It may seem strange to post about collages when so many horrible things are going on in Ukraine. Besides making a small donation to an organization assisting there*, and offering up thoughts and prayers for peace, I have not really felt empowered to make any real difference in the resolution of the conflict.
So, in order to keep my focus on the idea of “creation”, I committed my time and energy to a group art project entitled “Februllage”. In my free-time I worked continuously through the month of February to fulfill a promise (to myself) to create 28 collages based on daily prompts.
This creative distraction reminded of other times in my life when outside forces were out of my control and I would sit and meditatively do needlework or other crafts in order to push through it all, to keep my spirit up, to emotionally survive. I don’t remember if I have posted this here before but I like to say: “I’m lucky that many of my defense mechanisms are considered talents.”
They did not set any other daily parameters but, because I suppose it was not hard enough to spend days trying to find key images and to think of how to best present them, I added additional rules for myself, as a challenge. I decided that all my 28 collages had to be:
- 4” wide by 6” high;
- constructed of paper, adhesives, and tape only;
- portrait orientation (short edge on top); and
- ideally, if it is a noun, will contain an image that is, or represents that prompt word.
Here are my 2022 Februllage pieces (click on them to enlarge)
If you have not tired of reading about my collages yet, I will tell you a story of the Clouds piece, a near-fail. (This might also give a little insight to my internal process as I work on these pieces.)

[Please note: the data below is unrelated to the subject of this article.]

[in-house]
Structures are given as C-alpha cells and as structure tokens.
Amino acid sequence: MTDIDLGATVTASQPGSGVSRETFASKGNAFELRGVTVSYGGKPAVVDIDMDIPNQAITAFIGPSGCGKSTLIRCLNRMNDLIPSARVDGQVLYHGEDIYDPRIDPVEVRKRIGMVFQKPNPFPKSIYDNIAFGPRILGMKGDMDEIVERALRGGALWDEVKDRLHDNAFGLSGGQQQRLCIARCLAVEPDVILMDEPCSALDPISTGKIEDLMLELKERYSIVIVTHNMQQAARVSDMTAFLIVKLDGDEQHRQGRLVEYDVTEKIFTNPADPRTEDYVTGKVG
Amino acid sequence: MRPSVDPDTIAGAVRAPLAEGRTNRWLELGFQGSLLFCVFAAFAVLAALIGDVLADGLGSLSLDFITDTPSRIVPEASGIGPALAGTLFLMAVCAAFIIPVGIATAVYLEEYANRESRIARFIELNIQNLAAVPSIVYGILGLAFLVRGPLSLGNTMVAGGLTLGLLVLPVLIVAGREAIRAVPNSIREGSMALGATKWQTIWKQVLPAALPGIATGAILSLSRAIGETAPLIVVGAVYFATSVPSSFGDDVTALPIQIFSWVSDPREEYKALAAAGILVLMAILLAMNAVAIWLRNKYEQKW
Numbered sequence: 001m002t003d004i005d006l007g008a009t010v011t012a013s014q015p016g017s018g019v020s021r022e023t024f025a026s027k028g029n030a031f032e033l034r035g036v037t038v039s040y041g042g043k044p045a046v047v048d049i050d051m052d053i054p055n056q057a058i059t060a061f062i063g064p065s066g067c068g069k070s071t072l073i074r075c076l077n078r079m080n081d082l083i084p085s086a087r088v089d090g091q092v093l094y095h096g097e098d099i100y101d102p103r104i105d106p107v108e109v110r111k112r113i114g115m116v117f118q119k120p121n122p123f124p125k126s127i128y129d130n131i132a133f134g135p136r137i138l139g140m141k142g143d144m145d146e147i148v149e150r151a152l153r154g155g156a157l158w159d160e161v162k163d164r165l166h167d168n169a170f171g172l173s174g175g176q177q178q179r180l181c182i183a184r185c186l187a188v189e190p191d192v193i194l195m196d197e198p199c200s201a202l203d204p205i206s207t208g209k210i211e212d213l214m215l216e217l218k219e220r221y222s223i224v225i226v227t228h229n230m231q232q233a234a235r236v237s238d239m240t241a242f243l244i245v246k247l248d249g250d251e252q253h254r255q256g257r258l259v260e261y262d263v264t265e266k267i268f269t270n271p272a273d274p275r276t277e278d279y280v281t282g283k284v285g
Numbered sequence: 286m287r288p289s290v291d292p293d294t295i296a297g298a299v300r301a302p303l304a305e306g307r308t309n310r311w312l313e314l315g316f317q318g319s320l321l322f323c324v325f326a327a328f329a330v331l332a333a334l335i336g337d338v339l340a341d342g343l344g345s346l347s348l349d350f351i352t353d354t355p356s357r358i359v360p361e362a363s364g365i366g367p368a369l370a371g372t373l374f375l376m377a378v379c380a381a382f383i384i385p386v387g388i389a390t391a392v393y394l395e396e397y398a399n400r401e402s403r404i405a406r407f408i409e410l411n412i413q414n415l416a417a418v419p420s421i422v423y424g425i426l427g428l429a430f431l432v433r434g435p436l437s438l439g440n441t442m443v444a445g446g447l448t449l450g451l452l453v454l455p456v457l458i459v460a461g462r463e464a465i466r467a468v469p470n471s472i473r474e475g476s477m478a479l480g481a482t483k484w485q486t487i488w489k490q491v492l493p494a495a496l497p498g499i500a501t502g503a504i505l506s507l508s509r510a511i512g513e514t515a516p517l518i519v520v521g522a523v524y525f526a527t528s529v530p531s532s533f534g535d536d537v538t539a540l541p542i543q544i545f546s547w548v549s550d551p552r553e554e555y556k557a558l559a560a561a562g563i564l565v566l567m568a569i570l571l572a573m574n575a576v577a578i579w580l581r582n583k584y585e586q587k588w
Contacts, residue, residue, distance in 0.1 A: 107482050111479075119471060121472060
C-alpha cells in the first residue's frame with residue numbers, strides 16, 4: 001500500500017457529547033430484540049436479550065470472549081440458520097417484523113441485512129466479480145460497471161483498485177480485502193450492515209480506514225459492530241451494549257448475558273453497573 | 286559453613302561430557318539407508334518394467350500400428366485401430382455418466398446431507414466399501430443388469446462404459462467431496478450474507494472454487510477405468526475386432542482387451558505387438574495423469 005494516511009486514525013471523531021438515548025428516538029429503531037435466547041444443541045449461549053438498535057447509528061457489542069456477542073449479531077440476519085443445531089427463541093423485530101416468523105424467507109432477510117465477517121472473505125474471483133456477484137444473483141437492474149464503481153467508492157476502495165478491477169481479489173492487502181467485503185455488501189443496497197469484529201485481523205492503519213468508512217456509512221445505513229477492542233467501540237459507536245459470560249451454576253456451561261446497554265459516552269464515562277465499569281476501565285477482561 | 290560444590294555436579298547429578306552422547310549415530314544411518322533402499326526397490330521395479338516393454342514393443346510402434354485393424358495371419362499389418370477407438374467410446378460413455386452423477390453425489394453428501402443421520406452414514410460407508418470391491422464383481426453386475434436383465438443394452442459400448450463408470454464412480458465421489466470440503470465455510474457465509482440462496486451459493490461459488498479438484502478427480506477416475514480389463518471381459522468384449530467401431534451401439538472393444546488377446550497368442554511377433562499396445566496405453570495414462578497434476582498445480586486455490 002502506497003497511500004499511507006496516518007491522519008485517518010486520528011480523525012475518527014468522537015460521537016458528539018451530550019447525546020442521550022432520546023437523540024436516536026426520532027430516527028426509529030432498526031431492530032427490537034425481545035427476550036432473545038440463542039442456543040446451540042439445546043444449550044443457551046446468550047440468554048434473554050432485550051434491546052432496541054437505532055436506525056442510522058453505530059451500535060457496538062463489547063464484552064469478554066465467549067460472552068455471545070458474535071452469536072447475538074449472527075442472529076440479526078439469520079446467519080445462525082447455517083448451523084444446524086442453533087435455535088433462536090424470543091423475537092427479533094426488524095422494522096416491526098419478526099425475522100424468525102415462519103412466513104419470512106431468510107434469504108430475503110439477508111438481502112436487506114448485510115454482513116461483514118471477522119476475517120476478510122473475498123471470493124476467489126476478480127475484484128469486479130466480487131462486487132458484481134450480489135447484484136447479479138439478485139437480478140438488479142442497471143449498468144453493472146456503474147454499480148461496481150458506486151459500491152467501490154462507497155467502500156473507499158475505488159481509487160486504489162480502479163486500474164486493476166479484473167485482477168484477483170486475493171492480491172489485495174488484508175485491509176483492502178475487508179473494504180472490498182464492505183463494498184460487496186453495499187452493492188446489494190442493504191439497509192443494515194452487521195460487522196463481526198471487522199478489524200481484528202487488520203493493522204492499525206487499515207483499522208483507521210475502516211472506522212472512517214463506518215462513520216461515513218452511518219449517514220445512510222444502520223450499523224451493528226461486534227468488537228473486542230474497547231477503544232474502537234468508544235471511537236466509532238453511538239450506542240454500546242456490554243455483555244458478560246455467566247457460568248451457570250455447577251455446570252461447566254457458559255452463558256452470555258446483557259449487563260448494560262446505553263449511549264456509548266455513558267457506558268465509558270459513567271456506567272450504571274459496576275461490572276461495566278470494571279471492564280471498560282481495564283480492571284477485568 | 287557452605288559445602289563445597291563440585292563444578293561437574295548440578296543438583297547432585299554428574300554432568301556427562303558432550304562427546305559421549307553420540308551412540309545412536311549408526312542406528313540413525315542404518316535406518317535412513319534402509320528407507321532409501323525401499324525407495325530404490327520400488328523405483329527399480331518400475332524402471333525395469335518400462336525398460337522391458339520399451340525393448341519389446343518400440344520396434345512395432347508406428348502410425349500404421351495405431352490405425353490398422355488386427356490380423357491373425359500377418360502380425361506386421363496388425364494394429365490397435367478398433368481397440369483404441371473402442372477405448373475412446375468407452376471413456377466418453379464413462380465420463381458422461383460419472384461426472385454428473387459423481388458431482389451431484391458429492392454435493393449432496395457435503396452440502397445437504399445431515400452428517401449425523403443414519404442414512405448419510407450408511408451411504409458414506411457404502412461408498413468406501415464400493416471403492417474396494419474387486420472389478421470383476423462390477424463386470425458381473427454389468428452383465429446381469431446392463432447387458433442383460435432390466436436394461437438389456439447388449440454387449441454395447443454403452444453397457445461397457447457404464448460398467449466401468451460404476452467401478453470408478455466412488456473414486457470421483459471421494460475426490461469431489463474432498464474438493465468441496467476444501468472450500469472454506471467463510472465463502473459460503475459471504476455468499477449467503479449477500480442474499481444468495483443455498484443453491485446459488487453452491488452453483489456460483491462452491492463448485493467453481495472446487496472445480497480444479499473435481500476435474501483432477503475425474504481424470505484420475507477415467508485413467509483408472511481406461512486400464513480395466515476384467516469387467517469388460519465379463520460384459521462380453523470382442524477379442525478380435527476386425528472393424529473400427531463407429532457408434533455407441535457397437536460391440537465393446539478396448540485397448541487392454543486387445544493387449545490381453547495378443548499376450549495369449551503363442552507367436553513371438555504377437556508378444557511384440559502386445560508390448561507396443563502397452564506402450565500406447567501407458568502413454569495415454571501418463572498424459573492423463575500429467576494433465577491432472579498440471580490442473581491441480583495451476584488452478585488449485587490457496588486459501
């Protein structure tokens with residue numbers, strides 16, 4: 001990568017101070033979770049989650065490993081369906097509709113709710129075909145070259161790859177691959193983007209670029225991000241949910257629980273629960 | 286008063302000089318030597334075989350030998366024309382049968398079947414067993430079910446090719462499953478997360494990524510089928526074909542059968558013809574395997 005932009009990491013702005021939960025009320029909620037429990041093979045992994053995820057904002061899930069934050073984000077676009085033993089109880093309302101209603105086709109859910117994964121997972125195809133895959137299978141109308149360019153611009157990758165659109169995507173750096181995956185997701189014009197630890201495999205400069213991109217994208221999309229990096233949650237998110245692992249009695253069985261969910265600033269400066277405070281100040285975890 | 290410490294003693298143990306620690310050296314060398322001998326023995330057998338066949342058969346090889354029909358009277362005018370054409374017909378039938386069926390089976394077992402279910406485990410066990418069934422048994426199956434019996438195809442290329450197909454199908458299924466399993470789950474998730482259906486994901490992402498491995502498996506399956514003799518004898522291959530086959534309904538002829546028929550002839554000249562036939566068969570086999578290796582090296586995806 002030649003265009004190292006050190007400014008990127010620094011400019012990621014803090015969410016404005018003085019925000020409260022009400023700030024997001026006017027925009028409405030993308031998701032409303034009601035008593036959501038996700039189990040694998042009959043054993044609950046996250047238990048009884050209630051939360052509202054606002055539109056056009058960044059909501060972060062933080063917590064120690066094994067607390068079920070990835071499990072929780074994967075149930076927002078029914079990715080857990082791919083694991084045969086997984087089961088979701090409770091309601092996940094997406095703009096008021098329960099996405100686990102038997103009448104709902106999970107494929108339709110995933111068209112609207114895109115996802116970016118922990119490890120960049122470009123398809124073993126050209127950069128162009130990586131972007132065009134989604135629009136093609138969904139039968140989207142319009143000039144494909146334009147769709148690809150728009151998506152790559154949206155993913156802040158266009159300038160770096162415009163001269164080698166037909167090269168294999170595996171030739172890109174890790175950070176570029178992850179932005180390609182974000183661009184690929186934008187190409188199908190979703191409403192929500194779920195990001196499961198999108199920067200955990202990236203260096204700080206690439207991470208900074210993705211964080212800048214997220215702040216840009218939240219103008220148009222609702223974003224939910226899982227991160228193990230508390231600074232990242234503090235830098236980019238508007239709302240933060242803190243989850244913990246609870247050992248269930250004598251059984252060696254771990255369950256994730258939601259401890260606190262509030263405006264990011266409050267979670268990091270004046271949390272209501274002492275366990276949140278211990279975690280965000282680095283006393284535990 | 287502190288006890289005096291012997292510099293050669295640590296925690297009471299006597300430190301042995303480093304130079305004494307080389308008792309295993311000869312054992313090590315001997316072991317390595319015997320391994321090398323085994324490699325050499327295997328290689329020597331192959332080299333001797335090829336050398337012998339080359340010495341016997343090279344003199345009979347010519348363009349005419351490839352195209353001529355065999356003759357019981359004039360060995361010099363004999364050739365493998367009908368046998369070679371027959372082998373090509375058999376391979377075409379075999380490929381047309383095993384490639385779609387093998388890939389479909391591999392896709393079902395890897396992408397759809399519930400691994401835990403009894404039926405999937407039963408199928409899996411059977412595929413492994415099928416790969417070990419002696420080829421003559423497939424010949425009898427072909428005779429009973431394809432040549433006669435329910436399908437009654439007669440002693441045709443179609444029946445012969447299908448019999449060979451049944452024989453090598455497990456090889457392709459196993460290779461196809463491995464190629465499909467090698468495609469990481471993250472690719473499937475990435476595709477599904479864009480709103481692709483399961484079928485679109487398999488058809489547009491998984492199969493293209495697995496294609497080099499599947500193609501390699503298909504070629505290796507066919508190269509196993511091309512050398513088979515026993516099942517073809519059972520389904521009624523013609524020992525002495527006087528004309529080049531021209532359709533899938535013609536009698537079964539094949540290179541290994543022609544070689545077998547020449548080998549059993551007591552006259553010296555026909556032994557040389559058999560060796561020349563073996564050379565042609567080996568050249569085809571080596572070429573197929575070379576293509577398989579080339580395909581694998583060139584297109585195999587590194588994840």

During my image searching phase I found many images of clouds and even a large sofa shaped like a cloud, and I would have used those as my background but then I saw some graph paper with clouds I had hand stamped over 20 years ago. I had designed and carved a rubber stamp to print the negative space between clouds and this was a scrap of paper I had used for testing. I liked the colors and the industrial feel of the rigid blue squares under the pastel clouds.
I found an old Ray Ban sunglasses advertisement that was printed on vellum, a sheer opaque paper and I thought it would work with the clouds and some lavender handmade recycled paper.
Unfortunately, after I had decided on my layout and I began to assemble the collage, I did not remember that I had used water-soluble ink for those clouds and it reacted with the glue, started to smear. I had also decided to punch a few holes in the vellum, thinking they would allow some of the cloud colors to peek through—but this was not as clever an idea as I had imagined when the edges of these little holes caught clumps of glue. These clumps created a mess as I tried to apply the vellum to the base collage. And, then everything became difficult to align when I tried to apply glue directly to the vellum instead—it rolled up tightly and would not uncurl all the way.
I almost threw the collage away because it would not lay flat; it had so many flaws. Then I remembered a phrase from “Art Engineer” Luis Martin (of Collage Dream) that I heard in one of his YouTube videos, “nothing is precious” so, I clenched my teeth and just ripped off the offending warped and bubbled vellum revealing the clouds and brighter colors beneath. [P.S. Luis has a Februllage Show & Tell video you might enjoy.]
Sprocket Prints – My Journal
I have a previous post about Keeping Notebooks. This year I am using a slightly larger art journal format. For February, each of my daily entries featured a small Sprocket print of that day’s collage on top of a printed/painted black bar, a visual anchor.
UPDATE-March 2022: Because of crisis in Ukraine the Februllage project has added an additional collage prompt “Peace”. Here is my piece, created March 5, 2023:
*9 Meaningful Ways You Can Help Ukraine [https://www.globalcitizen.org/en/content/ways-to-help-ukraine-conflict/]